There is a delicate balancing act happening in your body while you sing. Your breathing pattern is responding to how you just spent your last breath. This happens automatically and we don’t really need to think about it. Or do we?
Speech Level Singing takes the emphasis off of breathing technique, and puts it at the vocal cord level. The student is encouraged to make “correct” sounds at a volume that is least breathy and most manageable throughout their entire range. I like this approach because singers learn to control the voice throughout both registers at an even volume at the same time. Endurance and strength is built on a foundation of blending and smooth transitioning from the singer’s lowest note to their highest note. This blending (mixing) is a great technique for all genres of music.
Once a singer is mixing, it’s time to step up the workout and maximize effort and balance thoughout the body. The vocal cords are getting a great workout. Now the body needs to learn how to help the vocal cords control breath pressure. The better breath management a singer has, the more control is achievable by the singer.
There are many “visualizations” and exercises that can help a singer with breath control. One easy visualization is the sensation of picking up a suitcase in each hand. Notice how your abdominal muscles and rib cage engage as you “pretend” to do this. Be sure your neck and throat do not engage as well. This body anchor feeling is a great way to understand and sense how the body can help your breath control. Now, sing any vowel on a comfortable pitch without this body anchor, and then again with this body anchor. Did you notice a difference in your tone? Most likely the tone is less breathy with your body anchor (or at least it should be!)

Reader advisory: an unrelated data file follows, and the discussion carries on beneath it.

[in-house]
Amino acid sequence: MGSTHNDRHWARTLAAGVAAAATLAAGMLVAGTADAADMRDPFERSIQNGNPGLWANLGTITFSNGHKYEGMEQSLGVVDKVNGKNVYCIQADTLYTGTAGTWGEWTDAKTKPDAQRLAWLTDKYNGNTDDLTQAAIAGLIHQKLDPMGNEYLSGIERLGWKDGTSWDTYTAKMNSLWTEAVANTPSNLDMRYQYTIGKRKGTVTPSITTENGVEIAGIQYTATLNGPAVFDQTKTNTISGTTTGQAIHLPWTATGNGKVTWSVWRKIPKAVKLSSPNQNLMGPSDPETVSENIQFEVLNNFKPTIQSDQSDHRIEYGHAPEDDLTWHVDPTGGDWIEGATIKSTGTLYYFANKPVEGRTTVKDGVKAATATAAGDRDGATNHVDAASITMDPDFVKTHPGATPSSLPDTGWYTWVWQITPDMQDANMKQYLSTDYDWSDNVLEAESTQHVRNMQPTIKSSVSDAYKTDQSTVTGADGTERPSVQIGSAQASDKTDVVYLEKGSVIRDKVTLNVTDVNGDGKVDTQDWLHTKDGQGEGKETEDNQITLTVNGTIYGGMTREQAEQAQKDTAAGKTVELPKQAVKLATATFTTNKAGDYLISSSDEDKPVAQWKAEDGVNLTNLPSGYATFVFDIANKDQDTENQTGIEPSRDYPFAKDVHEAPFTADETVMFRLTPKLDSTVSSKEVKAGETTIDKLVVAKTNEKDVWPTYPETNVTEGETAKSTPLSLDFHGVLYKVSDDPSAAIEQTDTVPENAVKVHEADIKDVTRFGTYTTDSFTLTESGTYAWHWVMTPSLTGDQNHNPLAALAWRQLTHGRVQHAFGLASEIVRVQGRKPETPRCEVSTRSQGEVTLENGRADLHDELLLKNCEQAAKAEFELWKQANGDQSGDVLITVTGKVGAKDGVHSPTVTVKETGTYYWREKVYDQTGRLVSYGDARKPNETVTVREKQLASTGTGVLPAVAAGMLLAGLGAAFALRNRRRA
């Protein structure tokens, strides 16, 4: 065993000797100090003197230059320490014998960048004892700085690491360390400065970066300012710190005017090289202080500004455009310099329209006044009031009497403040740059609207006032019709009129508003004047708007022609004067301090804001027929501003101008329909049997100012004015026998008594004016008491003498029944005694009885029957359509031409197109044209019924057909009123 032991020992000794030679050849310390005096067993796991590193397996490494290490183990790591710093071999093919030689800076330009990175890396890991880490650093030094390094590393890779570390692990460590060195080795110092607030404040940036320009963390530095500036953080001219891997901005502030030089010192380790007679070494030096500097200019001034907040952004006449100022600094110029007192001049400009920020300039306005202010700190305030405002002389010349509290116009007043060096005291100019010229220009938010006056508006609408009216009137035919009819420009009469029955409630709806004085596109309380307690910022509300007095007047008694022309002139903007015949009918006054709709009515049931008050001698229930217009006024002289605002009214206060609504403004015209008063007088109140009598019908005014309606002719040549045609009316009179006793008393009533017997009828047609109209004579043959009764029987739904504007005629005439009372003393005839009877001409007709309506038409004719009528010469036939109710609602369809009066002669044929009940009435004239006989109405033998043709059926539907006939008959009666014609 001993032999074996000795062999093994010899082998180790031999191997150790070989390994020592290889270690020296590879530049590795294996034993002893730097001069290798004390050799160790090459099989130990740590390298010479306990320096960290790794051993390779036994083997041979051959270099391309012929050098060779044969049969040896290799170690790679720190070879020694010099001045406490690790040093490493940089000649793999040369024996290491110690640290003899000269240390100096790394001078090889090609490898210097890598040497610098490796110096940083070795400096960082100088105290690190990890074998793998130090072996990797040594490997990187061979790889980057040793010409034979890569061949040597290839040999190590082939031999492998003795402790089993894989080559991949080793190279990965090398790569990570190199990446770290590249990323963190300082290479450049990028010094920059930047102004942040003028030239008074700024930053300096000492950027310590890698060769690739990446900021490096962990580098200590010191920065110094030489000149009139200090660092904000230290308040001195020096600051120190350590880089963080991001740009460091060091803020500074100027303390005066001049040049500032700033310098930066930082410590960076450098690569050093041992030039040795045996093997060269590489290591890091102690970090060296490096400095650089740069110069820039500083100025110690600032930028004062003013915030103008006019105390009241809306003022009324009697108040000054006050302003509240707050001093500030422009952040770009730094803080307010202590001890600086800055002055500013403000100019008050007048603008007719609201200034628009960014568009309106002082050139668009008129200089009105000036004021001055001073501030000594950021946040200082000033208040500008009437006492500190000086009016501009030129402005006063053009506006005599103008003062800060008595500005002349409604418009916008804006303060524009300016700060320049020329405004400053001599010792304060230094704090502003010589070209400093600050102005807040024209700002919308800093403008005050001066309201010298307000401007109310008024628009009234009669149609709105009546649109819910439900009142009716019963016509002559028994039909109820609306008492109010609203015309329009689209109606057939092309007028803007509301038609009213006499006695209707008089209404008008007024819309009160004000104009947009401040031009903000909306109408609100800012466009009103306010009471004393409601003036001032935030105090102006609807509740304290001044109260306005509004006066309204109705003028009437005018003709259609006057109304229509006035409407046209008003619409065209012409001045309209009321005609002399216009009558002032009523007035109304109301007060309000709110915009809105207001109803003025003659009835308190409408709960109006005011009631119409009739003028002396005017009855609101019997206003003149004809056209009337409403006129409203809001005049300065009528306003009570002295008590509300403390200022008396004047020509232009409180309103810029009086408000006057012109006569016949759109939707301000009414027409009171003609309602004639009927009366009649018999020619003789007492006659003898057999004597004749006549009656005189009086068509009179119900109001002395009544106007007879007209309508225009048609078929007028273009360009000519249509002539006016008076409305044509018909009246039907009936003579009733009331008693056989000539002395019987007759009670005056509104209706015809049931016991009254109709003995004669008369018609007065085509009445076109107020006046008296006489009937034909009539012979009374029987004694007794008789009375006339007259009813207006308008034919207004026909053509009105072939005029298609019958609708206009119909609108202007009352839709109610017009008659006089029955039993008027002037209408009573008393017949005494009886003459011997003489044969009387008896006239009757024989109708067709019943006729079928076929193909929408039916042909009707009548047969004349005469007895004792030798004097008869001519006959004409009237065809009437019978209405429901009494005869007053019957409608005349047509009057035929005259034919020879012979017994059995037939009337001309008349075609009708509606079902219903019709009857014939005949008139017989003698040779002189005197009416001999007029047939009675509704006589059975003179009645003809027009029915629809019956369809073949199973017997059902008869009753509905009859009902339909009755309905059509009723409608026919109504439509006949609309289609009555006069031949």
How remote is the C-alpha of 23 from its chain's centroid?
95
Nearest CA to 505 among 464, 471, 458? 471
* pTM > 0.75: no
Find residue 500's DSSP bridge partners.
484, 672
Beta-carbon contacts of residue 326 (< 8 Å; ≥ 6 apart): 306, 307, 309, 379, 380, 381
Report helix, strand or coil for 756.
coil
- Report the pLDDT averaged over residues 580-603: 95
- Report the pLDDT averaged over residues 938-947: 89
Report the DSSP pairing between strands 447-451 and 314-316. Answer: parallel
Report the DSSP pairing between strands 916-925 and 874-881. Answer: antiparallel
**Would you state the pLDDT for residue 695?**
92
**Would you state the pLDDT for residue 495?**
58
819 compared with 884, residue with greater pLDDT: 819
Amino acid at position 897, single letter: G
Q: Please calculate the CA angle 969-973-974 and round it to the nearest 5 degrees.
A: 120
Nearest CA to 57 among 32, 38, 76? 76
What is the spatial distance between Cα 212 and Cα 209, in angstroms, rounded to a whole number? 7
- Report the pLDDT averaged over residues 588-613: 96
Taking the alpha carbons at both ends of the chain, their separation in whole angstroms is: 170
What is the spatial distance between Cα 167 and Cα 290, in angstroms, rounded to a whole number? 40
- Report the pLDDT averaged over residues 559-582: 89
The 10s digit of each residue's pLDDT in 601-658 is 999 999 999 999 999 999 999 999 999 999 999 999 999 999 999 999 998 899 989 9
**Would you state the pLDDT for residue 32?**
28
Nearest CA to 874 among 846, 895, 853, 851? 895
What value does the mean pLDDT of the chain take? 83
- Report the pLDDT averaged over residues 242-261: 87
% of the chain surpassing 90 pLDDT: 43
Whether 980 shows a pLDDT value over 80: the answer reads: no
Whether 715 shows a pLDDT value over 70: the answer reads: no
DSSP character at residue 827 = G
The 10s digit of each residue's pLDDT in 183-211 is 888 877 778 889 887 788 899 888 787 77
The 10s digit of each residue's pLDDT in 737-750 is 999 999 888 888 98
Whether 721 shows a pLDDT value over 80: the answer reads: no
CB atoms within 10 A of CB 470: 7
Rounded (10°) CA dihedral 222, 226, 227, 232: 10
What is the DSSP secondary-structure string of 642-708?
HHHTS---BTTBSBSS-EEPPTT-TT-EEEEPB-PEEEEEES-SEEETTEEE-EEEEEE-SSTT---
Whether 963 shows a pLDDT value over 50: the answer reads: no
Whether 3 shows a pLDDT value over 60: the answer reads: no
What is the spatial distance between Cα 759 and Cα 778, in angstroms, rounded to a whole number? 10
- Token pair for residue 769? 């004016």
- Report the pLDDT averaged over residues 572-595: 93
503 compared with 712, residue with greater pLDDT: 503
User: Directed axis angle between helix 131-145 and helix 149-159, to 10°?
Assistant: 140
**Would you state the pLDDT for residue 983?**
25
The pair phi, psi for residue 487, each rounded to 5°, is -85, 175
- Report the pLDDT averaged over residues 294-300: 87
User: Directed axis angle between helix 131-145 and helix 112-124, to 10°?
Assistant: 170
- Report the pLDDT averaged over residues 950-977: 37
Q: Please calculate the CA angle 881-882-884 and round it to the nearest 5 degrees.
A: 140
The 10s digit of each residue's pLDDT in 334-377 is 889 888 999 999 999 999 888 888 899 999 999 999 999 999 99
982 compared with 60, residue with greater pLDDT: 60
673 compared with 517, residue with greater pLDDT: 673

The back, neck and head can also assist in breath management. This sensation is not tense, but simply anchored. In other words, the body, neck and head are engaged and ready to help the vocal cords do their job (which is closure). Be sure to embrace your entire “self” as you sing. There is no need to force the voice to make sounds that don’t happen easily when you are anchored well. Instead, repeat, repeat, repeat with different approaches. Try to take in more breath. Try to anchor more. Did it make a difference? Singing well is very physical………….the trick is putting the “physical” in the correct parts of the body!